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Blessings in Disguise

August 8, 2000

The last of the Great Four is dead. Sir Alec Guinness belonged to a quartet of supreme English actors of the generation that included Sir Laurence (later Baron) Olivier, Sir John Gielgud, and Sir Ralph Richardson.

The others were legendary in the supreme Shakespearean roles: Hamlet, Lear, Antony, Othello, Macbeth, Falstaff. These were beyond Guinness’s range. Yet he was the subtlest and most versatile character actor of them all.

Guinness lacked the endowments of a heroic actor. He was slight and ordinary-looking, though he had a fine baritone voice. What he possessed superbly was the ability to create a character and to transform himself so completely as to be almost unrecognizable from role to role. He combined the gifts of mimicry and sympathy. And he was wonderfully entertaining.

After playing mostly minor Shakespearean roles at London’s Old Vic, Guinness became an international star in a series of excellent British films in the late 1940s and early 1950s: Great Expectations, Oliver Twist, Kind Hearts and Coronets, The Lavender Hill Mob. His flair for playing hilarious eccentrics made him peerless for Dickens adaptations. In Kind Hearts and Coronets he set some sort of record by playing eight members of a family who were successively murdered; he endowed each victim with a distinct personality. It’s an immortal tour de force of comic acting.

[Breaker quote: The 
method of Alec Guinness]In 1957 Guinness won an Oscar in the serious role of Colonel Nicholson, the heroic but deluded officer in The Bridge on the River Kwai. Directed by David Lean, the film blends a superb character study with spectacular action. A couple of years later Guinness played what he considered his best role: another old officer, Jock Sinclair, who thwarts his commanding officer with malicious guile and tragic results in the film Tunes of Glory. His virtuosity in both roles is amazing — and deeply moving.

Later Guinness would become a fixture of big-budget movies like Lawrence of Arabia, Doctor Zhivago, and The Fall of the Roman Empire, though the roles were less interesting than his earlier ones. He hated the role that brought him his widest fame and biggest paychecks: the wise old Obi-Wan Kenobi in Star Wars.

Guinness acted by studying the externals of a character and moving inward. He was such a fine judge of character that a friend once said of him that he knew you better after two minutes’ observation than most people would know you in a lifetime. He learned more by sympathetic imitation than by analysis.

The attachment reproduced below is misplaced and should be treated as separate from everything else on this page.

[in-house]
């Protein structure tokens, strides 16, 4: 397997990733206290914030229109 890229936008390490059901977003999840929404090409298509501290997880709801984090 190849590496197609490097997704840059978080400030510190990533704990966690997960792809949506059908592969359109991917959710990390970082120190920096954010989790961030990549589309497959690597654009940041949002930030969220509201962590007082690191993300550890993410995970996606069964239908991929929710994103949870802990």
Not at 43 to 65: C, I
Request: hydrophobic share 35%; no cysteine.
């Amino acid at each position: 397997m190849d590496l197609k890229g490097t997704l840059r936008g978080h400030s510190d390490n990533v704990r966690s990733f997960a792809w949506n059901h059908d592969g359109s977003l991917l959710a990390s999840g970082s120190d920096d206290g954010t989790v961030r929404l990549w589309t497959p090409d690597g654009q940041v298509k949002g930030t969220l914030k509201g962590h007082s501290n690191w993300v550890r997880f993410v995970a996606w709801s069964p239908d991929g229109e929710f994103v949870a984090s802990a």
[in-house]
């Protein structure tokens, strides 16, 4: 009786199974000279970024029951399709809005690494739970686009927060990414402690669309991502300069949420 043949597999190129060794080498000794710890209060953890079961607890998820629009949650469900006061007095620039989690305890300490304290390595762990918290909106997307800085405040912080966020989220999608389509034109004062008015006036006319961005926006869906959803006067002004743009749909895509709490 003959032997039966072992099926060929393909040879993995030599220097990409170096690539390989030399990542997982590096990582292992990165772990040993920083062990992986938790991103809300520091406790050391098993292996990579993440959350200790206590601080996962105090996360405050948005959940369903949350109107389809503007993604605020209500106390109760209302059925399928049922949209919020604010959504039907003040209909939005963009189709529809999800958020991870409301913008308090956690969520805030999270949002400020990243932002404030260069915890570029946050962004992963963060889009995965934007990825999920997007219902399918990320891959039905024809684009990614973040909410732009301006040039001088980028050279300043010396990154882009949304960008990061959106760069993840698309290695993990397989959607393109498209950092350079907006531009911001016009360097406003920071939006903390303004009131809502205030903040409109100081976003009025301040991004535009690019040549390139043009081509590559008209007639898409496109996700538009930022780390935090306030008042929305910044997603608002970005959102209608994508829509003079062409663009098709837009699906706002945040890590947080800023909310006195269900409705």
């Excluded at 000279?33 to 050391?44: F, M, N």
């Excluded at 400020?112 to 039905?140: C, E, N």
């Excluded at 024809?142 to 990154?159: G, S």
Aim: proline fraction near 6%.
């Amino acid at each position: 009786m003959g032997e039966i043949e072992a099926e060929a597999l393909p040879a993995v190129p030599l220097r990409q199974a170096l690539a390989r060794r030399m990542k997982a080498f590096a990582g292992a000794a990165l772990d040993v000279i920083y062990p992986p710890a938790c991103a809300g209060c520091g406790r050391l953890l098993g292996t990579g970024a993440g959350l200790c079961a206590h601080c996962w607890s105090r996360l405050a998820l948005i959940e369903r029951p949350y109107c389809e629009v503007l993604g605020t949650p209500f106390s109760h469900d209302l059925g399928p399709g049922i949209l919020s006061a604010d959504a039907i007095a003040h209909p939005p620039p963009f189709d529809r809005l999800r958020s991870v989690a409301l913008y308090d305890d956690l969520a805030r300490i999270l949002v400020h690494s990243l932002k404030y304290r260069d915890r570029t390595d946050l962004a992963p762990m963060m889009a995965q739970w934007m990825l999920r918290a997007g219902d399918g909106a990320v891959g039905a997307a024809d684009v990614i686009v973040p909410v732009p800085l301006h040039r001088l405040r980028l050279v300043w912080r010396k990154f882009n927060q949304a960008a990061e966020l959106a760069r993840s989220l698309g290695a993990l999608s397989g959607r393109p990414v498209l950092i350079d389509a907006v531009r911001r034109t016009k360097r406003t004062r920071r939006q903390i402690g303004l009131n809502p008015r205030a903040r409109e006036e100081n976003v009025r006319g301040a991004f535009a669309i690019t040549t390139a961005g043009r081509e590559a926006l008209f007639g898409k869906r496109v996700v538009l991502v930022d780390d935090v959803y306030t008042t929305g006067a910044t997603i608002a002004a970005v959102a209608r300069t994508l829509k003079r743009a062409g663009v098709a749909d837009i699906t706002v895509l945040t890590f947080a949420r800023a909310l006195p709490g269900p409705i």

He began with exaggerated gestures in rehearsal; as he felt his way along, he dropped or subtilized the obvious mannerisms until they were sensed rather than seen. The externals were like a cocoon that could be shed as his sense of the character matured. As one critic finely put it, Guinness developed “a complex grammar of indirect discourse.... He is the world’s greatest master of the invisible gesture and the unspoken word.”

Unlike so many actors, Guinness was never self-indulgent. He had had a cruel childhood; he never learned who his real father was. His stepfather was beyond anything Dickens ever imagined: he once held young Alec by the ankles and dangled him over the side of a bridge, and on another occasion held a loaded pistol to his head. As an aspiring young actor, Guinness persisted through discouragement (several acting teachers urged him to try another line of work) and hunger (one meal a day: beans and bread) until Gielgud perceived his talent.

Guinness mentions such things briefly, without self-pity, in his charming memoir Blessings in Disguise. He remained deeply loyal to Gielgud all his life. He ends the book with the words: “Of one thing I can boast: I am unaware of ever having lost a friend.” And the reader believes it.

The power and charm of Guinness’s acting owes much to his sheer personal goodness. He found something to cherish in every character he played. A life that would have embittered most people only seemed to deepen and widen his sympathies. He became a devout Catholic convert and viewed his tribulations as “blessings in disguise.” And he passed those blessings on to all of us through his genius. God bless his sweet soul.

Joseph Sobran

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